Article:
More information about the exhibition can be found at

http://www.simonwarner.co.uk

http://www.fabricculture.co.uk/whats-on/journeys-and-migrations

The film and my interest in him made me think about what he does and how walking interests me as a performativce practice. Following this I decided to take part in Phil Harding’s silent sound walk through Bradford on 24/8/12.

Phil, myself and 6 other participants met at Handmade in Bradford at 5pm to set off on the silent sound walk across Bradford, we were instructed that we could not communicate at any point and should follow each other in single file line with Phil as the leader of the walk. We each walked about a meter apart from one another resulting in a single file snaking line of people walking through the city. For me I couldn’t help but think about how this must look if I was a spectator. It was interesting to observe the city in a much more conscious way, really listening to the sounds that make up the voice of Bradford rather than passing through dismissing the most interesting happenings.

The route of the walk

More information of the walk can be found at

http://www.fabricculture.co.uk/whats-on/silent-walk-phill-harding

On the walk I was thinking about the ways in which the Augmented Reality app could be used as a means to guide, explore and even find new things within the city. Could having something in place in the town such as an image to scan bring a performance, text or audio to a certain location in the town using the Layar application?

I will try these ideas out.

Dance and Technology

There are many technologies that may interest artists but augmented reality is the one that I find most interesting. Augmented reality is a live view of a physical environment, whose elements are augmented through sound, video, graphics or gps (global positioning system) data. This technology enhances one’s perception. It must not be mistaken with virtual reality, that aims to replace real world with a simulated one. Augmented reality may be associated with augmentation of locations (geo-located) that are called POIs (points of interest), or might be marker based.

Smartphones like android and iphone provide the user with AR (augmented reality) apps (applications) and browsers. There are several AR browsers but the one that seems to be most interesting is Layar, because it can augment through all the means mentioned above, while other browsers use only some means of augmentation like text and graphics.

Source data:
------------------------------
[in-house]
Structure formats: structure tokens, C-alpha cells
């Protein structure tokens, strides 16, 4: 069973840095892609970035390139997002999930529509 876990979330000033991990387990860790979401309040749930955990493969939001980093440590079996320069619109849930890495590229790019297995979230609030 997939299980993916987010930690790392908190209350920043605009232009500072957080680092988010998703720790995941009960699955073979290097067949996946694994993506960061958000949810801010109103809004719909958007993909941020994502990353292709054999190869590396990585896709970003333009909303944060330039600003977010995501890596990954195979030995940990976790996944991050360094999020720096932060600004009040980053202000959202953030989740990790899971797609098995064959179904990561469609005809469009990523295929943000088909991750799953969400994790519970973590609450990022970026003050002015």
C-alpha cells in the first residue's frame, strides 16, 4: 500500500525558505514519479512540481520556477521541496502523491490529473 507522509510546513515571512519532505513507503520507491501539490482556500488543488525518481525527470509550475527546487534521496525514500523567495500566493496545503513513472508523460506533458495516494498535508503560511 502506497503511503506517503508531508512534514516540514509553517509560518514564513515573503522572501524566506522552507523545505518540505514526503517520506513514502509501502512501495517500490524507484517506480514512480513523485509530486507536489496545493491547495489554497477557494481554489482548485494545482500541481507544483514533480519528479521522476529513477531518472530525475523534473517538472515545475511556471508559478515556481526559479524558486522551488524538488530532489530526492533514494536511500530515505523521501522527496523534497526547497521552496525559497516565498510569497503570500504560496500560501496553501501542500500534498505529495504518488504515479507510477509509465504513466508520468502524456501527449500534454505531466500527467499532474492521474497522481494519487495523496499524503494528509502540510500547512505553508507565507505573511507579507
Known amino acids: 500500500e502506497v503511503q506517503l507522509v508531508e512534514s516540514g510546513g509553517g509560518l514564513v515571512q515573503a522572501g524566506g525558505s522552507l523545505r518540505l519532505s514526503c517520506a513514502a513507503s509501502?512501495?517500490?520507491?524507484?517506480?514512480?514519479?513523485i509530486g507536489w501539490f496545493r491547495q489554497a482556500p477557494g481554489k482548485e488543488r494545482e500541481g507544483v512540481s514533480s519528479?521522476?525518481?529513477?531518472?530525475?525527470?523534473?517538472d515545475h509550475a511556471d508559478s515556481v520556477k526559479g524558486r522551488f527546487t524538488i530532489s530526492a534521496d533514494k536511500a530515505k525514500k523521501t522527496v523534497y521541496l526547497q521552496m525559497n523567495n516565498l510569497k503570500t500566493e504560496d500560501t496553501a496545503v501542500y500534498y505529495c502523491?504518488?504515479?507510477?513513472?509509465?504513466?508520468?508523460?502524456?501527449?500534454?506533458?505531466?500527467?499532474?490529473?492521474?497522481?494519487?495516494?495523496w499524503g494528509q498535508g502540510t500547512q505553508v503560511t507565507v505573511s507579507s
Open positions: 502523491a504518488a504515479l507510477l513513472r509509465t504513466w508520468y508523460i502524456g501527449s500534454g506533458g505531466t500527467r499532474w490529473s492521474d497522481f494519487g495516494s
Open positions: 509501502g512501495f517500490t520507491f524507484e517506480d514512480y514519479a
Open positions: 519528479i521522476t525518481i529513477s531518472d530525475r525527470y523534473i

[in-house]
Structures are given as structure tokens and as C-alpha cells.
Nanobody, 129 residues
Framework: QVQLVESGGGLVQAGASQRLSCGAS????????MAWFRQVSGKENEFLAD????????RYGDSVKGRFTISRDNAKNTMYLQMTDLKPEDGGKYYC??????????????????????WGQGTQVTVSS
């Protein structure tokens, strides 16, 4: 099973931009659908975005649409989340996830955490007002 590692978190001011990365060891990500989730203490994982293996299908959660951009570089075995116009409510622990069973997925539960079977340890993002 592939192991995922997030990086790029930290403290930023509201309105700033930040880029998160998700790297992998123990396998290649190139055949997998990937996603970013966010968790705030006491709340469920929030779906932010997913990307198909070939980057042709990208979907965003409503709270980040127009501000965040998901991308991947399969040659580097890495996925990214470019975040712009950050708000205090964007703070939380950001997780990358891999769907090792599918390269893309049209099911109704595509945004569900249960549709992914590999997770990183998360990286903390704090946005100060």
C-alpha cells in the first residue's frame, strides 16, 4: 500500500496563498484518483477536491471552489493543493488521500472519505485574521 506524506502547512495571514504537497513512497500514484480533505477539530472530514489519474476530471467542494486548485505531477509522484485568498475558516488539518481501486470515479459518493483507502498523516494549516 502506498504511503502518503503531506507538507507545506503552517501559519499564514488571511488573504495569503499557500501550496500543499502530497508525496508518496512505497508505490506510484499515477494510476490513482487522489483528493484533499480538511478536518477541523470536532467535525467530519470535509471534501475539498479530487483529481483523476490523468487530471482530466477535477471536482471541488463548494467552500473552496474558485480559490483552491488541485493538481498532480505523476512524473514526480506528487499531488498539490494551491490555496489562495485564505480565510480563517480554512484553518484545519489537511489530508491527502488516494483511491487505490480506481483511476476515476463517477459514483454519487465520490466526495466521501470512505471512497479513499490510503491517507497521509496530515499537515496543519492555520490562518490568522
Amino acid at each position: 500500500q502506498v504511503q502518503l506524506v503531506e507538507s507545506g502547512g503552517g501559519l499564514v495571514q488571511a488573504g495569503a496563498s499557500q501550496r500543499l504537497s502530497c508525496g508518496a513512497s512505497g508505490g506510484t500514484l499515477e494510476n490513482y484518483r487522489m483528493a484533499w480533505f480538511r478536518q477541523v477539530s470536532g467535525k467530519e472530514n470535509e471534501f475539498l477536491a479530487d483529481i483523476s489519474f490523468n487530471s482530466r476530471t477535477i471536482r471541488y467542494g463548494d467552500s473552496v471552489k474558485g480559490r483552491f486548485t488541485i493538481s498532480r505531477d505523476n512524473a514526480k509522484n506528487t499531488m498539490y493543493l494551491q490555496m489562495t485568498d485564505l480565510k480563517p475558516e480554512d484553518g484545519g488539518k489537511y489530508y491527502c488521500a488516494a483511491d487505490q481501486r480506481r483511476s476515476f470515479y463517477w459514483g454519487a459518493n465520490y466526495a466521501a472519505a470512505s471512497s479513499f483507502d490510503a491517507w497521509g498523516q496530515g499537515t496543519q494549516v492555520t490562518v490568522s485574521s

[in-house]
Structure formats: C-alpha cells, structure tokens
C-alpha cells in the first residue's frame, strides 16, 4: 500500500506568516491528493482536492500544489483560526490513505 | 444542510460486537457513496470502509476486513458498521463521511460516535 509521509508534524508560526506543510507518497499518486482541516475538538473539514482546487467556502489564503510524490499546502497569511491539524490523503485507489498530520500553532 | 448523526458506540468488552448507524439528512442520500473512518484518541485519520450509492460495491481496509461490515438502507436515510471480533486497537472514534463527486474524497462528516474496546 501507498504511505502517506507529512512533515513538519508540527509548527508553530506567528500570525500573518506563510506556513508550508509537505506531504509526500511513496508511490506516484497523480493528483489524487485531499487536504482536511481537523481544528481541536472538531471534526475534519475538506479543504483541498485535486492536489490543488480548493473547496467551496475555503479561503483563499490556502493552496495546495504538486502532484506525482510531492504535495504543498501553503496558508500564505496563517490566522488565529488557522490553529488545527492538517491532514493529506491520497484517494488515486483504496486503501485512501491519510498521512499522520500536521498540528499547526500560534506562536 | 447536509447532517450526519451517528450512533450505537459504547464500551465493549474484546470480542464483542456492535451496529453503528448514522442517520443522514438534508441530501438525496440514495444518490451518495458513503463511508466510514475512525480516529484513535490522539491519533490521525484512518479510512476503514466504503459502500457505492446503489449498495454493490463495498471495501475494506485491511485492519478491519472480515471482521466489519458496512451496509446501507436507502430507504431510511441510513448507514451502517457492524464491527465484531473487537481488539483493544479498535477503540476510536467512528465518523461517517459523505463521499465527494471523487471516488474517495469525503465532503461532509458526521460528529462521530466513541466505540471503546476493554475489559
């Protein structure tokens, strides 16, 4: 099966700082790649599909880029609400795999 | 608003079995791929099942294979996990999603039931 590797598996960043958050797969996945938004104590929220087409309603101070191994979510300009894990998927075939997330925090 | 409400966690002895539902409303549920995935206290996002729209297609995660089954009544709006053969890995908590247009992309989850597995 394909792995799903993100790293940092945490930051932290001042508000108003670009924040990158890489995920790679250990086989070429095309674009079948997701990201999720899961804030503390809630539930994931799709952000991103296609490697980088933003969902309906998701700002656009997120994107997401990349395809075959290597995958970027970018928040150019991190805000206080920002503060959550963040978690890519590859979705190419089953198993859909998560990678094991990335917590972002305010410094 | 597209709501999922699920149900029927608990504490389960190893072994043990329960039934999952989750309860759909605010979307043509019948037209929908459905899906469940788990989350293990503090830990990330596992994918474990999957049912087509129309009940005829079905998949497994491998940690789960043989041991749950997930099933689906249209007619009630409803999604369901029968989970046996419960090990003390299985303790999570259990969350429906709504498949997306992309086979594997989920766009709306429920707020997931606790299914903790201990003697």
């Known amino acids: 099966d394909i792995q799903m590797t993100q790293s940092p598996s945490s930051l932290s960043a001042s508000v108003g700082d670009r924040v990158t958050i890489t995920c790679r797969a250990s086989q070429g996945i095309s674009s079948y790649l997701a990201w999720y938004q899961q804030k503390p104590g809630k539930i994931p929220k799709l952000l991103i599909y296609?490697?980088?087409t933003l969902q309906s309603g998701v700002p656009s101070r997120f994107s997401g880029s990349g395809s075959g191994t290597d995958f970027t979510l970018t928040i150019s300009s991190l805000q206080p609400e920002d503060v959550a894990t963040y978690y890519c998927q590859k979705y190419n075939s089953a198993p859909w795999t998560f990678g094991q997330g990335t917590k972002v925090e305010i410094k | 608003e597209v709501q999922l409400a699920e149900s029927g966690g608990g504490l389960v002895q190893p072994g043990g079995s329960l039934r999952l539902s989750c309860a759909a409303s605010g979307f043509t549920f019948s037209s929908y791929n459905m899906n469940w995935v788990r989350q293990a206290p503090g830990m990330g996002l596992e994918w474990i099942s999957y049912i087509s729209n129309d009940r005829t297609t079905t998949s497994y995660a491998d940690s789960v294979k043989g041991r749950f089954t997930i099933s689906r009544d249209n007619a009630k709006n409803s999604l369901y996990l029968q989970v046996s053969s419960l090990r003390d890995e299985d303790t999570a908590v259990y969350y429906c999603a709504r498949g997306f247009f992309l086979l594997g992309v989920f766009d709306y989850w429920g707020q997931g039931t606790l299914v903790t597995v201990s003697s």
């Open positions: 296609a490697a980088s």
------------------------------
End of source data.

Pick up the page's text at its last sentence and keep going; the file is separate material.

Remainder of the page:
I shall now speak about how Layar browser can enhance an artists’ work. Each Layar application can have several POIs and each POI can have several actions associated with it. I can for example spot an app geo-located in a museum and watch an exhibition’s movie, ask for information by sms or e-mail, call to book a ticket, hear an exposure’s advertising, or go to the museum’s web page.

These are the most immediate actions but there are other features that I consider more interesting. Layar can trigger events when the user is within a certain range of a POI or when the app is launched. For example when the user is within 50 meters of the museum’s range, he can automatically hear a sound or see a video. All the actions can be triggered except making a call. The user is always asked to authorize or decline the automatic trigger.

Imagine that the artist is enhancing a treasure hunt. When the user is within a 100 meters range he can hear a hint to the treasure. The hint could be on a website or taken through a video. Or he would have to send an e-mail somewhere to get it. However there are certain limitations. Different mobiles can spot the POI at different distances, which means that, in the example given, some users can hear the hint in more advance than others.

Layar can also augment images in magazines, books or in any printed format. And what is more interesting is that it can be done by anyone, even those with no programming skills. Layar’s website has a step by step tutorial for printed AR. You can start your own AR app today, with no programming needed.